In recent decades, important changes have taken place in terms of how governments debate, manage, and allocate funding for schools. These changes have been strongly influenced by a diversification of actors contributing to the school funding. For example, although governments continue to provide the majority of funding resources for schools across member nations of the Organisation for Economic Co-operation and Development (OECD), many nations have witnessed an increased presence of nongovernment actors, such as philanthropies and corporations, in contributing to the funding of both government and nongovernment schools. Many nations have also seen increases in private parental contributions, which has contributed to the expansion of private schooling relative to traditional public schooling. Despite significant diversity in funding models across OECD nations, debates about funding are increasingly informed by a transnational field of policy ideas, practices, and evidence. The OECD has been a central force in facilitating this “global conversation” about the complexity of school funding trends and impacts, particularly in relation to the impacts of funding on student achievement and equity. A key question in these evolving debates is whether “more money” alone will improve outcomes or whether the focus needs to shift more toward “what schools do” with money (i.e., a “what works” approach). In response to this question, the OECD has played a leading role in steering global debates away from a historically dominant focus on whether more funding makes a difference or not to student achievement, toward a different narrative that suggests the amount of money only matters up to a certain point, and that what matters most beyond that is what systems and schools do with money. At the same time, the OECD has been central to producing a rearticulated “numbers-driven” understanding of equity, which understands equity primarily in terms of the relationship between a young person’s background and his or her performance on PISA, and which frames equity as primarily important from an economic perspective. Importantly, however, while schooling funding reforms are increasingly informed by global conversations, policy reforms remain locally negotiated. Recent Australian school funding reforms illustrate this well. Over the past decade, two prominent federal school funding reviews have sought to address funding issues in Australia’s federal system. These reports have been deeply shaped by the distinctive conditions of possibility of Australian federalism, but at the same time have been heavily informed by broader transnational reform narratives and the work of the OECD specifically. Yet while both reviews position the OECD at the center of their respective rationales, each does so in different ways that speak to different policy problems. An exploration of the Australian case and how it relates to broader global conversations about school funding offers important insights into how policies are simultaneously globally and locally negotiated.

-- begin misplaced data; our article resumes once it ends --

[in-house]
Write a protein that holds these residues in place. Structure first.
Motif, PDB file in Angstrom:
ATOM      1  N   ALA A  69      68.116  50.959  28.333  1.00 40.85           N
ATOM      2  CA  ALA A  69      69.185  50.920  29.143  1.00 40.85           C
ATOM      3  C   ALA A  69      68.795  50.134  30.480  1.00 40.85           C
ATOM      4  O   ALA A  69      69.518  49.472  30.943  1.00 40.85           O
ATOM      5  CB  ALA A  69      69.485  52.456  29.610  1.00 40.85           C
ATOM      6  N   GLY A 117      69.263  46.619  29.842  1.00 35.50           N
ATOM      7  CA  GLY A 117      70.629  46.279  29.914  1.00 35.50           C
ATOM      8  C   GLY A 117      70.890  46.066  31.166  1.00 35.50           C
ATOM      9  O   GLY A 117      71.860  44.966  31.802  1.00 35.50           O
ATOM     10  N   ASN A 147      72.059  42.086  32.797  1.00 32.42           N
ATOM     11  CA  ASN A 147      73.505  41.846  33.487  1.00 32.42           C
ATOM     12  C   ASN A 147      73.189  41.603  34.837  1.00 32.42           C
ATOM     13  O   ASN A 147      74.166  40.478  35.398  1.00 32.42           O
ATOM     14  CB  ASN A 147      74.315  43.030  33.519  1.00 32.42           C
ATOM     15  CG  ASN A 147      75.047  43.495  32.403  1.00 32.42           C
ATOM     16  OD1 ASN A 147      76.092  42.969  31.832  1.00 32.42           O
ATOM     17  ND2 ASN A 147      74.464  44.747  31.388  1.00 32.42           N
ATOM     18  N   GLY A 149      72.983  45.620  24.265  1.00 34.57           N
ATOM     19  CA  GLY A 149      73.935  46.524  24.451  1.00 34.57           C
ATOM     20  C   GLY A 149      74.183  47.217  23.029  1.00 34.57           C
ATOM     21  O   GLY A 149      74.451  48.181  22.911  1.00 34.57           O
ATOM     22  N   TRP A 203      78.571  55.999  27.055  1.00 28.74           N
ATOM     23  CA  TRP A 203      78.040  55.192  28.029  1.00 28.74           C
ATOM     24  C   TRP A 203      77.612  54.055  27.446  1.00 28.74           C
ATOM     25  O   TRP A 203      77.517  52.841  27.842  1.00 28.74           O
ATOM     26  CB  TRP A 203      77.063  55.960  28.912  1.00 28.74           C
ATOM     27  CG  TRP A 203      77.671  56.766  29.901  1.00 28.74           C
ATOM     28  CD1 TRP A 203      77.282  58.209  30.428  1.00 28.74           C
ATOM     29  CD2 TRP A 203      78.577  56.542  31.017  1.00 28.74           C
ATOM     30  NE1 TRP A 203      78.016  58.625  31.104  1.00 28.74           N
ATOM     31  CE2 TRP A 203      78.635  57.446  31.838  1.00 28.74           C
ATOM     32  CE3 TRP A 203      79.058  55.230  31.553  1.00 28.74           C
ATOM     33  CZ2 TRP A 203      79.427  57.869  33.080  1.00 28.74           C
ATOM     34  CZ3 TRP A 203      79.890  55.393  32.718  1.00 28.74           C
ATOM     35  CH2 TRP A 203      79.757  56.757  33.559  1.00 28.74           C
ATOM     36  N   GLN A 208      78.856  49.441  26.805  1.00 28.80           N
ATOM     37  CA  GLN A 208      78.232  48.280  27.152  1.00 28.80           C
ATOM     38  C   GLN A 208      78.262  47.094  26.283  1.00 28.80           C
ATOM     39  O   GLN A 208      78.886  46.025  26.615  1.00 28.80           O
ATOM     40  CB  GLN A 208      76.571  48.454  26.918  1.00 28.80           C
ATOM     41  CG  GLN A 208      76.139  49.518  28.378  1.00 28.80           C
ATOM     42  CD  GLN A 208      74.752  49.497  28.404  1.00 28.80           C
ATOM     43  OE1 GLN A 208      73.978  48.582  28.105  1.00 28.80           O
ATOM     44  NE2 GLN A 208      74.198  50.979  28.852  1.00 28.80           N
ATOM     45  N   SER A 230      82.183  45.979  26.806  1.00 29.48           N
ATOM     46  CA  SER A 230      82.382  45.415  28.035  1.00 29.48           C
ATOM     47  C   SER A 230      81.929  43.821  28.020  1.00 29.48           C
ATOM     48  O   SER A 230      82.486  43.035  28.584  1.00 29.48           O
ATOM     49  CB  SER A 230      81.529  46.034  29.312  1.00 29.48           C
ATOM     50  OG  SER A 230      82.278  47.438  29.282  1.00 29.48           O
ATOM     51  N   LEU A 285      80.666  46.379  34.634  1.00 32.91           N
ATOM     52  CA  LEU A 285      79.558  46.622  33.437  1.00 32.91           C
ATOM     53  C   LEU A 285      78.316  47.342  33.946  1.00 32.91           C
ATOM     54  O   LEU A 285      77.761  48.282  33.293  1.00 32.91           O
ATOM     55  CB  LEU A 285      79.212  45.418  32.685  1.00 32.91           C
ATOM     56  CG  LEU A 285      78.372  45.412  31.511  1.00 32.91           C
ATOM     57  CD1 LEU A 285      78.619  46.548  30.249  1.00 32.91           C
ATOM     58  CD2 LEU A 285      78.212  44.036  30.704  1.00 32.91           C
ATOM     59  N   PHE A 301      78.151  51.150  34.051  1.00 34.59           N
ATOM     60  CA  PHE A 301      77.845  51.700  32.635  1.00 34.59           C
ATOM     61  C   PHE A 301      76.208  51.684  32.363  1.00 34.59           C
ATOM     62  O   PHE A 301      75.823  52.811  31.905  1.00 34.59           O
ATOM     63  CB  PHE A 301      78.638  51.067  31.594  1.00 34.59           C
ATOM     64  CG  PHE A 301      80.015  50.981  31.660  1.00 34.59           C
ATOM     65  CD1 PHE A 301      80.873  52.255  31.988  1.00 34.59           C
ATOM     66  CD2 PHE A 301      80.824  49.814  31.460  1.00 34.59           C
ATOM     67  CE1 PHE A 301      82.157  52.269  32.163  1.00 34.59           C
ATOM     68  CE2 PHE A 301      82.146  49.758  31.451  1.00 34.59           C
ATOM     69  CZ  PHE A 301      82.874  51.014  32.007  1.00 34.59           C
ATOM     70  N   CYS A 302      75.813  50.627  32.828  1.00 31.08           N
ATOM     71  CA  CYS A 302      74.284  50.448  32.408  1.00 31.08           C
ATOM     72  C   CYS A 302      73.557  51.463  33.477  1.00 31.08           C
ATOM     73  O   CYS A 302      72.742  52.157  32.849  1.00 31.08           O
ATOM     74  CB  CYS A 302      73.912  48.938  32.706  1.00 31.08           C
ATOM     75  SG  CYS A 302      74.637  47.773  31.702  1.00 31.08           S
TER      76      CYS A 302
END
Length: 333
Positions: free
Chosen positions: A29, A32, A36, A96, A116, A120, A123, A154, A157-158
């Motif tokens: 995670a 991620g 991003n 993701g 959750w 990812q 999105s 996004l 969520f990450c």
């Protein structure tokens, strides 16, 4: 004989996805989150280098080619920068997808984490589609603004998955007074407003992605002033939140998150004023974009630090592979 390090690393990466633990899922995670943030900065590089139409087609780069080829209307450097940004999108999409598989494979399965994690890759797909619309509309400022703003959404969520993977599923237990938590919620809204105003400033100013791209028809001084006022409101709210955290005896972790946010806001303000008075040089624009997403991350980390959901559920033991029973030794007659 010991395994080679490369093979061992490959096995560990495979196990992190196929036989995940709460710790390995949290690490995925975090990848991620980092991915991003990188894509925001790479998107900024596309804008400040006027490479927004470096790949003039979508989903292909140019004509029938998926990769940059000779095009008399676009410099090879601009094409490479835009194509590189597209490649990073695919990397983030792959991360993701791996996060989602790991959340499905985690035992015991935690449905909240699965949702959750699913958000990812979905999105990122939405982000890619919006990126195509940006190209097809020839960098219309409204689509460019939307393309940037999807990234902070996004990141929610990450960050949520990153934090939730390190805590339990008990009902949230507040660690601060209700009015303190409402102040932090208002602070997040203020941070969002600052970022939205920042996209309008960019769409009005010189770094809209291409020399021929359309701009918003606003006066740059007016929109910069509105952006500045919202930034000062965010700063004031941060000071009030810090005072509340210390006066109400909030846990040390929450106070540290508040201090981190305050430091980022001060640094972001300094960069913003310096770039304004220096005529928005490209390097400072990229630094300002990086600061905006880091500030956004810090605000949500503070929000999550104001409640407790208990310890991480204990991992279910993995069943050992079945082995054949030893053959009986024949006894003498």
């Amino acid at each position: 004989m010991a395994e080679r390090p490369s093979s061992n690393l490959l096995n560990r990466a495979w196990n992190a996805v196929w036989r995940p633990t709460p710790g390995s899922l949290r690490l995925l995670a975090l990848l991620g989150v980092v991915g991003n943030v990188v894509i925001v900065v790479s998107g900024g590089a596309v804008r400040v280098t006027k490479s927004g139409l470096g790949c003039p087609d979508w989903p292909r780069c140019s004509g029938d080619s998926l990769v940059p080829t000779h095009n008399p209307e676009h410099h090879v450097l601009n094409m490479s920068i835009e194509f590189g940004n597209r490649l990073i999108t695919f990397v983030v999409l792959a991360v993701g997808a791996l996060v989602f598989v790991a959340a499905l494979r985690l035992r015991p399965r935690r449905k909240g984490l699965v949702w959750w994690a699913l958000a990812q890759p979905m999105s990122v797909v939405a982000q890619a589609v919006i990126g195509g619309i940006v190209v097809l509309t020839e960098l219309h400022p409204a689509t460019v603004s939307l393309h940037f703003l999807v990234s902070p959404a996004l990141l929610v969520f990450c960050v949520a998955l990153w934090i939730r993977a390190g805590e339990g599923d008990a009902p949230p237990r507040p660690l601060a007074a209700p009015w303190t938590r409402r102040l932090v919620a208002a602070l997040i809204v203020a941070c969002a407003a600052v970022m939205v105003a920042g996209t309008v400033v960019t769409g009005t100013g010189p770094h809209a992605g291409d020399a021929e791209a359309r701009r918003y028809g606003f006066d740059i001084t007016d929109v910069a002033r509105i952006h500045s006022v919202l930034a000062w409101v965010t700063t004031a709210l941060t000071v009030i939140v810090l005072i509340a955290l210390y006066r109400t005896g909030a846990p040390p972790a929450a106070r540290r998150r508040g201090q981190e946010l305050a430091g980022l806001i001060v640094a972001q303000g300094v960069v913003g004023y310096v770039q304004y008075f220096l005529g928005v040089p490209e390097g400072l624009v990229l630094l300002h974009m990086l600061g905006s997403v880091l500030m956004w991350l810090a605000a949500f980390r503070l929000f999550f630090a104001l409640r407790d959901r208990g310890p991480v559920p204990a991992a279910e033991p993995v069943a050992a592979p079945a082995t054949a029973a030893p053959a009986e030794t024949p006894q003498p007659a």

Article